That aside, the cellar was fairly small, not a full-size basement. Big enough for only a few people, at best. Hastings envisioned Diana and Kenny, and maybe Ballantine’s family. It would be tight, but they might be safer down here than upstairs. That way, the soldiers could concentrate fully on defending the house through the night, and not have to worry about a stray round taking out one of the civilians, should the reekers manage to get inside. On the other hand, if things went really bad, the civilians would be trapped in the cellar, up until the reekers managed to break down the door and get to them. It was a choice of two potential evils, but the long and short of it was, if Kenny started acting out, there was a better chance his cries would go unheard in the cellar, versus one of the bedrooms on the second floor.
He was surprised to feel the sting of tears in his eyes. Images of his family popped into his mind, riding a tsunami of grief that crashed through him. Hastings slapped a hand across his mouth as he suddenly sobbed. He found he couldn’t hold it back anymore, and he fell to his knees as he wept. The feeling of loss was overwhelming, and it took every ounce of emotional strength he had left not to scream in misery-fueled rage. His wife and son had died at Fort Drum, consumed by legions of the carnivorous dead, while he was trying to help keep New York City bottled up, so the infection couldn’t spread into the countryside. He felt damned. He should have been at their side, fighting to keep them safe, instead of putting it on the line for the citizens of the Big Apple, who hadn’t even uttered a thank you for his efforts.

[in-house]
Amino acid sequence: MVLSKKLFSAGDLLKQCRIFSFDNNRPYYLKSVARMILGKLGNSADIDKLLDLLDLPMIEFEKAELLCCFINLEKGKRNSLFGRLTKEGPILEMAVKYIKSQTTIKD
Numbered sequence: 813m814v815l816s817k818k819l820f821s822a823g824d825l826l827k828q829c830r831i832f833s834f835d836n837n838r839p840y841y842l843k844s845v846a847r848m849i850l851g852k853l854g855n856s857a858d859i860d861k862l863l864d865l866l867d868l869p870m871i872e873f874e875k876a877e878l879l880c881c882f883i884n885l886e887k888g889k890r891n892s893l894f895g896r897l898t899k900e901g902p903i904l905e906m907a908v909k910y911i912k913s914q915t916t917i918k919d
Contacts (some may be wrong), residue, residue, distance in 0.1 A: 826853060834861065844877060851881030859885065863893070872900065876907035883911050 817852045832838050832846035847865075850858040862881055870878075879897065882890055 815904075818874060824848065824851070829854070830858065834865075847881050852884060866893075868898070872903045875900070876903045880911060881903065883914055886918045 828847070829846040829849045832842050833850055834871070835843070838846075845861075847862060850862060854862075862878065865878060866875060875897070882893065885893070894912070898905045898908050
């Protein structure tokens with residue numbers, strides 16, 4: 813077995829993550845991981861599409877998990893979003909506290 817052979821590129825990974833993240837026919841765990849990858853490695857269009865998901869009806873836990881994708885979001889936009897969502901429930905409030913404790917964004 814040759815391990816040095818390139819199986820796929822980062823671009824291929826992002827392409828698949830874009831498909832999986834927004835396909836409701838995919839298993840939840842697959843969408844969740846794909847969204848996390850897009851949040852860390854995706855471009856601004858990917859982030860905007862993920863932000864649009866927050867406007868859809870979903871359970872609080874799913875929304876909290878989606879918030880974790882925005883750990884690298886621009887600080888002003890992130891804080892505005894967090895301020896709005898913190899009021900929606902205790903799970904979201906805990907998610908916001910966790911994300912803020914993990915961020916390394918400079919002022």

“Hey…hey, Captain. You all right, man?”
Hastings wiped the tears from his eyes, and he glanced toward the stairs. He saw Reader standing there, his M4 slung, one gloved hand on the wooden handrail. The soldier looked at him with concerned blue eyes, and Hastings felt an acute sense of embarrassment that one of the men had come across him while he was so weak.
“I’m good,” Hastings said, the words tough to get out past the lump in his throat. “What’s up?”
“Uh…Ballantine sent me to find you. We’re all secure up top, and he wanted to know how many mattresses you wanted to bring down here.” Reader hesitated for a moment, then cleared his throat. “Listen, sir, we can have this discussion later.”